So I've been given one question from my colleague, which needs to prove using below premises in order to draw a certain conclusion (see hypothesis below).

I've been doing this from last night and by out of luck, I can't get the hypothesis right, even by referring to Wikipedia rules table here.

Premise 1: $(\neg P \rightarrow Q) \rightarrow R$

Premise 2: $P \rightarrow R$

Premise 3: $Q \rightarrow R$

Hypothesis: $Q \rightarrow (P \rightarrow R)$

From my observation, by using the first premise, I can draw out the second and third premises, but then I getting stuck there.

1) $(\neg P \rightarrow Q) \rightarrow R$

2) $\neg(\neg P \rightarrow Q) \vee R$

3) $\neg (\neg \neg P \vee Q) \vee R$

4) $\neg (P \vee Q) \vee R$

5) $(\neg P \wedge \neg Q) \vee R$

6) $(\neg P \vee R ) \wedge (\neg Q \vee R)$

7) $(P \rightarrow R ) \wedge (Q \rightarrow R)$

Can somebody point out what steps should I do in order to draw the hypothesis conclusion from above three premises?


From Premise 2: Suppose $(P\rightarrow R)$. Then whenever $Q$ is true, $(P\rightarrow R)$ is true (by our premise). So $Q\rightarrow (P\rightarrow R)$.

From Premise 3: Suppose $(Q\rightarrow R)$. Then whenever $Q$ is true and $P$ is true, $R$ is true (by our premise). So whenever $Q$ is true, $P\rightarrow R$ is true. So $Q\rightarrow (P\rightarrow R)$.

If you're not happy with this informal style of reasoning, here's another straightforward option: note that $Q\rightarrow (P\rightarrow R)$ is equivalent to $\lnot Q\lor (P\rightarrow R)$, which is equivalent to $\lnot Q\lor \lnot P\lor R$, so it follows immediately from $\lnot P\lor R$ (Premise 2) and from $\lnot Q\lor R$ (Premise 3) by the rule called Addition on Wikipedia's list (you're always free to add another term to a disjunction).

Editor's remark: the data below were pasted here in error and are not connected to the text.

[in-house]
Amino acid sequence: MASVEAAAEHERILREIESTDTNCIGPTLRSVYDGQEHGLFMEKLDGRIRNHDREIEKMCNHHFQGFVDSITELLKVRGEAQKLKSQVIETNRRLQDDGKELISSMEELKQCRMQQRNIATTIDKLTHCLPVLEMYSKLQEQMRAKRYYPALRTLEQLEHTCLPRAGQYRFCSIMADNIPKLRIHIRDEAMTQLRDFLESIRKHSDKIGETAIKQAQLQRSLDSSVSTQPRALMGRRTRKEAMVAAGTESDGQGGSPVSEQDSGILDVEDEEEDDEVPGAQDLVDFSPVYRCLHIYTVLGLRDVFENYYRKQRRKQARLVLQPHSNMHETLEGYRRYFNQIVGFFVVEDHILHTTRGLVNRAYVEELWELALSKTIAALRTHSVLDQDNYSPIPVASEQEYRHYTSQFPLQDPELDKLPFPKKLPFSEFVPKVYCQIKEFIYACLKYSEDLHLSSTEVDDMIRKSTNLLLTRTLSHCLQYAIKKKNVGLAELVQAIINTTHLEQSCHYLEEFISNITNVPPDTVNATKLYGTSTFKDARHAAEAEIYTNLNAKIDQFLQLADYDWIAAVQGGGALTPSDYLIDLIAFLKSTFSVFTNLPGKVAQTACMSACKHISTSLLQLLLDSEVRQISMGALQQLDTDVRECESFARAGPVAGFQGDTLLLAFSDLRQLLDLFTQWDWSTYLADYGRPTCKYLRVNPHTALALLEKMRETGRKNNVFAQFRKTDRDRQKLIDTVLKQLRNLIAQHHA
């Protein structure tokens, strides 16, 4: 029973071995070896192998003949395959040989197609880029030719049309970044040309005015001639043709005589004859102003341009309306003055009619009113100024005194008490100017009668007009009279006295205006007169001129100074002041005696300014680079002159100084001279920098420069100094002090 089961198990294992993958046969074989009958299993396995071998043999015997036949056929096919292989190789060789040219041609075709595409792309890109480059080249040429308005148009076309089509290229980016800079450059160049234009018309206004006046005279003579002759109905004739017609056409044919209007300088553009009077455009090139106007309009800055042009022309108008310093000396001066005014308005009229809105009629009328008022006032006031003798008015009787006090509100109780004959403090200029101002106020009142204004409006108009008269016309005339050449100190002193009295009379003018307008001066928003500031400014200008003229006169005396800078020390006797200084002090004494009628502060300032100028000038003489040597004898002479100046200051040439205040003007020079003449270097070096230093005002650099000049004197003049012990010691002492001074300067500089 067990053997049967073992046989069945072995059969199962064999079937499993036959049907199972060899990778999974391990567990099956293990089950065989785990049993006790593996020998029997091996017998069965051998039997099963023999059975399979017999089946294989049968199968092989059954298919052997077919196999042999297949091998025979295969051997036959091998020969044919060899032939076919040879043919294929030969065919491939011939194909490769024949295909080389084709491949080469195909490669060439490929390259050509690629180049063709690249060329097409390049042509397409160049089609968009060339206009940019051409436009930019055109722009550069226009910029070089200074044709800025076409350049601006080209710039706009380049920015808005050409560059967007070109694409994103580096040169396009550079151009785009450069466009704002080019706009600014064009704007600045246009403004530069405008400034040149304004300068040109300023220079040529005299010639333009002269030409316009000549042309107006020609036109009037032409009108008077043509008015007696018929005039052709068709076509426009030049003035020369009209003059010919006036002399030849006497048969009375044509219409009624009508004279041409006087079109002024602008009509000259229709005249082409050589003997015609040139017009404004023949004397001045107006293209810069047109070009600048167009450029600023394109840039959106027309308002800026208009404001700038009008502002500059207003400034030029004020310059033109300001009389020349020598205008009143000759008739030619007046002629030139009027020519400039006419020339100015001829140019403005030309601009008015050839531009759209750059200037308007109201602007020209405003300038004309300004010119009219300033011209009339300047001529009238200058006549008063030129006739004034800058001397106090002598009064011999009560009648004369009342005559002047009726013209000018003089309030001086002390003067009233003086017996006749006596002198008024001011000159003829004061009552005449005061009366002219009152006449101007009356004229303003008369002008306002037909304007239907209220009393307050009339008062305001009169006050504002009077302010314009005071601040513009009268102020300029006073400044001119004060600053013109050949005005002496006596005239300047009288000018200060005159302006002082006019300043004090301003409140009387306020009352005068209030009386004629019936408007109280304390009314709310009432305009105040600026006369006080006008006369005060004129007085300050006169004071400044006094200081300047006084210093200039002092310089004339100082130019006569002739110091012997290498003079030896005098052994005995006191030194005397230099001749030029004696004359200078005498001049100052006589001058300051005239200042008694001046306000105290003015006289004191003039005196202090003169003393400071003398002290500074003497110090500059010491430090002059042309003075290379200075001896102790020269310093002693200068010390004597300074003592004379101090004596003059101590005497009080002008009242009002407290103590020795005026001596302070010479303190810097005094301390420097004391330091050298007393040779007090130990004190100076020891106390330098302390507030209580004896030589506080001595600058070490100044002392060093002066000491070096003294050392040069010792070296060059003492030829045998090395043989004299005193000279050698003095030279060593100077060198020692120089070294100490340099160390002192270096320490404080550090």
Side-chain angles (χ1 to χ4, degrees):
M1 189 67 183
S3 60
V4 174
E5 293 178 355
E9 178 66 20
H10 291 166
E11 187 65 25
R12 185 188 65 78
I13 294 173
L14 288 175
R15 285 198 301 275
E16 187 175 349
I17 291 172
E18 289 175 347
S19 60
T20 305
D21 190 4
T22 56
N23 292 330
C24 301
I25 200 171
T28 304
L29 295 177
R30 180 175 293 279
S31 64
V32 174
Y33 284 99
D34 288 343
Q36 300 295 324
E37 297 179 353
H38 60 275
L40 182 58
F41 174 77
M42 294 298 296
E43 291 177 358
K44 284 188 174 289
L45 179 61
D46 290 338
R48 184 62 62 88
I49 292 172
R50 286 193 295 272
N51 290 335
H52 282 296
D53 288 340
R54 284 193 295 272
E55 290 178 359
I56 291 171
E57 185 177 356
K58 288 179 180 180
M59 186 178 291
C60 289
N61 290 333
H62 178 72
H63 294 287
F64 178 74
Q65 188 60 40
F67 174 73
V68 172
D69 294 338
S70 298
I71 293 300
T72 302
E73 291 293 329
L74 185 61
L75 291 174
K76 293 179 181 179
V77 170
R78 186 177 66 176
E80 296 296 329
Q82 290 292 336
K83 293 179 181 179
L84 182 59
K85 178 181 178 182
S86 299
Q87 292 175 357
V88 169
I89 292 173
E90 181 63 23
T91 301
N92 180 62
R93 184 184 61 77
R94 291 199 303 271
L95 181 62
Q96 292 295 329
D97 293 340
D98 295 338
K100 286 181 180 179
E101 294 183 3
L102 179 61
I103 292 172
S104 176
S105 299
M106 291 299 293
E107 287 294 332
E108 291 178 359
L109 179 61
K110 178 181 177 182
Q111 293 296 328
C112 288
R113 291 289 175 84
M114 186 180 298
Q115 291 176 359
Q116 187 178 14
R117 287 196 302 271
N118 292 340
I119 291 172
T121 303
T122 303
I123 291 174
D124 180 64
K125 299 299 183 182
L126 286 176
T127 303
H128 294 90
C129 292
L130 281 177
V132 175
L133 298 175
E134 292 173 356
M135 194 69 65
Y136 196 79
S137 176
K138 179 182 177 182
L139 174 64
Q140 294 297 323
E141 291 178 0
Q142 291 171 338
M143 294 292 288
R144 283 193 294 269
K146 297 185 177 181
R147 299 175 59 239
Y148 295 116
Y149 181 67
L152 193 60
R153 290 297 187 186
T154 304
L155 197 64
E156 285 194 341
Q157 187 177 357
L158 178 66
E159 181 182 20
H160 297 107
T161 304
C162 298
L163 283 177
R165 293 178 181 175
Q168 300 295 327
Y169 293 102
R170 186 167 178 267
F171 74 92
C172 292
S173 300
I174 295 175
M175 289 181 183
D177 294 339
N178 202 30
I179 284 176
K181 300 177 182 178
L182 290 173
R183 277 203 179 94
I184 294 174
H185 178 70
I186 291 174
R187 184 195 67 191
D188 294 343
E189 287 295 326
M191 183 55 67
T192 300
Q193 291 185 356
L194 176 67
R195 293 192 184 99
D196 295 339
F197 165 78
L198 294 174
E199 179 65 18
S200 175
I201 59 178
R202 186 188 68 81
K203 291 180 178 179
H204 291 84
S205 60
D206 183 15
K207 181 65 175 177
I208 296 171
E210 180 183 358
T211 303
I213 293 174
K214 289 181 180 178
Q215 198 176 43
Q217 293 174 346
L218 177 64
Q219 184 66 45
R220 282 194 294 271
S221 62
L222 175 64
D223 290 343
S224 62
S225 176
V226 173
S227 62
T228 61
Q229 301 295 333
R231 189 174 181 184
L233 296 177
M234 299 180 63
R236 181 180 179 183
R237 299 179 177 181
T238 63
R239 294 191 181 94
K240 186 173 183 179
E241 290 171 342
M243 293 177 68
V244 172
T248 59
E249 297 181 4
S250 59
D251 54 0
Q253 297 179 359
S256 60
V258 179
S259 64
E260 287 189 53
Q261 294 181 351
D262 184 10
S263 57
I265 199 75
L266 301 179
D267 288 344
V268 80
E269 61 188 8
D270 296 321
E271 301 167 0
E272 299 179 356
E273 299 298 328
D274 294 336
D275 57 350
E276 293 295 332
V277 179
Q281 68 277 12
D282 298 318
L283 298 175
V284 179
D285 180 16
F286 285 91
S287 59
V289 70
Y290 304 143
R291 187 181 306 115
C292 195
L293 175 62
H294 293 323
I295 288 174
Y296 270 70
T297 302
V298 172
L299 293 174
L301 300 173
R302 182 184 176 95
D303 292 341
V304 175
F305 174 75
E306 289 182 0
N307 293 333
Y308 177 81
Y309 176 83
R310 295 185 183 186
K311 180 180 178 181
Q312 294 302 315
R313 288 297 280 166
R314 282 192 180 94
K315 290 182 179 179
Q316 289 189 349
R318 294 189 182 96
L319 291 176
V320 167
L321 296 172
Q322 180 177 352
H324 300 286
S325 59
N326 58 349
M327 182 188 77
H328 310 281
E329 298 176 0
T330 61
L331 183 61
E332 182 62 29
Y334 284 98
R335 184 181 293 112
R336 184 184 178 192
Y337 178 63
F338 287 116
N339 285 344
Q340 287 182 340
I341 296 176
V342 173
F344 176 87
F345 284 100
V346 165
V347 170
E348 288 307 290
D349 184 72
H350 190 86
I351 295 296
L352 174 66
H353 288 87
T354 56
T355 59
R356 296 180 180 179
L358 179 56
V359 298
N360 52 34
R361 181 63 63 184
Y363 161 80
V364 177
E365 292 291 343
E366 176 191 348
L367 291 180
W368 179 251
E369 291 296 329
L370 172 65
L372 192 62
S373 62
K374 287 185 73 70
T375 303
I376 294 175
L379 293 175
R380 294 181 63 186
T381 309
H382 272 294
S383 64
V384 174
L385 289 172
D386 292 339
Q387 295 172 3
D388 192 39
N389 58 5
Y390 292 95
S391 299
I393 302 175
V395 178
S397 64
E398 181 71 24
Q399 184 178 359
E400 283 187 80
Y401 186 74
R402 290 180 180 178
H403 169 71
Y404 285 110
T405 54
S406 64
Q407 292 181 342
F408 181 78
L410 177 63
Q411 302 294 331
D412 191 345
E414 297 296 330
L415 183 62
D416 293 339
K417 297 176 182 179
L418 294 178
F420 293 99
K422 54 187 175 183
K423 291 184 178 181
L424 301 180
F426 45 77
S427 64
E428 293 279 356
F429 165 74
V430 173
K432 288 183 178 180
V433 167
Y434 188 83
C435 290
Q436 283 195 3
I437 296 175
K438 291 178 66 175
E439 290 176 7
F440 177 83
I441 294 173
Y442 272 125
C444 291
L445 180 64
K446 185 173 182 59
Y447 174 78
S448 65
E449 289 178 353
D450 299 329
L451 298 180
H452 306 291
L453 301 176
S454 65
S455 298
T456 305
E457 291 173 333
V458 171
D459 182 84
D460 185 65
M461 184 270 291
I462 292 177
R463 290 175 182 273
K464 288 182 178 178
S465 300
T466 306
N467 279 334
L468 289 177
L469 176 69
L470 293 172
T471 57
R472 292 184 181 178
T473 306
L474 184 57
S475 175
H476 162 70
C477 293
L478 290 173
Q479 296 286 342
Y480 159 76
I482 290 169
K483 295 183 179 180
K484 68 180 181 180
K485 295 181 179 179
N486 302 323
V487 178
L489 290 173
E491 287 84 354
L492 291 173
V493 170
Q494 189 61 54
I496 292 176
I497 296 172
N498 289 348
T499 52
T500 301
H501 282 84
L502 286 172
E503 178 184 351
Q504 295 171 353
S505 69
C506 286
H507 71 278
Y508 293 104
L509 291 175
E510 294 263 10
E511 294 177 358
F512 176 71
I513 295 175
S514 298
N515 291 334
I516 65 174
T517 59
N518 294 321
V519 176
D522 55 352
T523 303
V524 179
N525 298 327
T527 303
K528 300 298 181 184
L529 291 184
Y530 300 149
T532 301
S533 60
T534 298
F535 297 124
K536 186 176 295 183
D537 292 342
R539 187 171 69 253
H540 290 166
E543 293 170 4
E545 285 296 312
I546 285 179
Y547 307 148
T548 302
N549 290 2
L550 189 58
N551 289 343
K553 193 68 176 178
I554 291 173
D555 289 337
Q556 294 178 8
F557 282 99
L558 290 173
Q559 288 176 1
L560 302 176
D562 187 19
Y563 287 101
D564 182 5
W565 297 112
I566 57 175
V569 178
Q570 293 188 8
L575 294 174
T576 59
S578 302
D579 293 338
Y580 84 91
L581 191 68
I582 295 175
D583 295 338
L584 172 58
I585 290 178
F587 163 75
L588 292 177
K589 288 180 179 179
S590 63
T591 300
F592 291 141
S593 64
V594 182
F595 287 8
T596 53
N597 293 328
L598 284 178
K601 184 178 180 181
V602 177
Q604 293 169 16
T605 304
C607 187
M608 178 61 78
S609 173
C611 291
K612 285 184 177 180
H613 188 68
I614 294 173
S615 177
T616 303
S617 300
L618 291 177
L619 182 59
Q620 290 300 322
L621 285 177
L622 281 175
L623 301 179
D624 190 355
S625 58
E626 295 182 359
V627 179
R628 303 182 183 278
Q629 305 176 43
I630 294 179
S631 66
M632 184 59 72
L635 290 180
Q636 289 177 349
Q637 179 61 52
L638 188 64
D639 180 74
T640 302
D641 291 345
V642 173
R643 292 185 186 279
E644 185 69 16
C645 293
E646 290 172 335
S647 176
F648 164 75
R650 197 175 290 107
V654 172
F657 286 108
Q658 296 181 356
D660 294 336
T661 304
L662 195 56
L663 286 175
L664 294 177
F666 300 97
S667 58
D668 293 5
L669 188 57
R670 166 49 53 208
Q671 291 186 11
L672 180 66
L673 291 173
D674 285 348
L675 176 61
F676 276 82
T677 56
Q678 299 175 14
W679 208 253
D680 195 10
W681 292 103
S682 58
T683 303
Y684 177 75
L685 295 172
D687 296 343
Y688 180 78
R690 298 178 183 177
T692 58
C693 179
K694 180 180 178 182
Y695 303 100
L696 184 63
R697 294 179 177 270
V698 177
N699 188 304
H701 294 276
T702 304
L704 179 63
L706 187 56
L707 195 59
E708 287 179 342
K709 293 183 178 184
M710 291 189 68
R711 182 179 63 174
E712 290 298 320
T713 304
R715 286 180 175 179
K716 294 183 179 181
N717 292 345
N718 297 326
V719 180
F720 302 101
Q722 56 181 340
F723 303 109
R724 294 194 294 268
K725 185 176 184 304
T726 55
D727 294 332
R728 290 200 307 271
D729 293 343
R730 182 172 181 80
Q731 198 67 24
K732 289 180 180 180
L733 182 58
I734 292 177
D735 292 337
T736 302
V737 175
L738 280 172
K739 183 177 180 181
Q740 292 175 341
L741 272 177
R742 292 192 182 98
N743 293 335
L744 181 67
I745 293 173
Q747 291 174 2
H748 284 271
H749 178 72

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I note that the Hypothesis can be inferred from each of the Premises alone ... Maybe that was the whole exercise?

OK, so here are 3 proofs, each starting with a different premise.

Proof from Premise 1:

  1. $(\neg P \rightarrow Q) \rightarrow R$ Premise 1

  2. $\quad Q$ Assumption

  3. $\quad \quad P$ Assumption

  4. $\quad \quad \quad \neg P$ Assumption

  5. $\quad \quad \quad Q$ Reiteration 2

  6. $\quad \quad \neg P \rightarrow Q$ $\rightarrow$ Intro 4-5

  7. $\quad \quad R$ $\rightarrow$ Elim 1,6

  8. $\quad P \rightarrow R$ $\rightarrow$ Intro 3-7

  9. $Q \rightarrow (P \rightarrow R)$ $\rightarrow$ Intro 2-8

Proof from Premise 2:

  1. $P \rightarrow R$ Premise 2

  2. $\quad Q$ Assumption

  3. $\quad P \rightarrow R$ Reiteration 1

  4. $Q \rightarrow (P \rightarrow R)$ $\rightarrow$ Intro 2-3

Proof from Premise 3:

  1. $Q \rightarrow R$ Premise 3

  2. $\quad Q$ Assumption

  3. $\quad \quad P$ Assumption

  4. $\quad \quad R$ $\rightarrow $ Elim 1,2

  5. $\quad P \rightarrow R$ $\rightarrow$ Intro 3-4

  6. $Q \rightarrow (P \rightarrow R)$ $\rightarrow$ Intro 2-5

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  • $\begingroup$ Can I know what is "Intro" and "Assumption"? I never heard or learn about these before in my logic class. $\endgroup$ – Mohd Shahril Apr 12 '17 at 5:24
  • $\begingroup$ @MohdShahril They are explained in the Wikipedia page you listed in your post. $\endgroup$ – Bram28 Apr 12 '17 at 12:22

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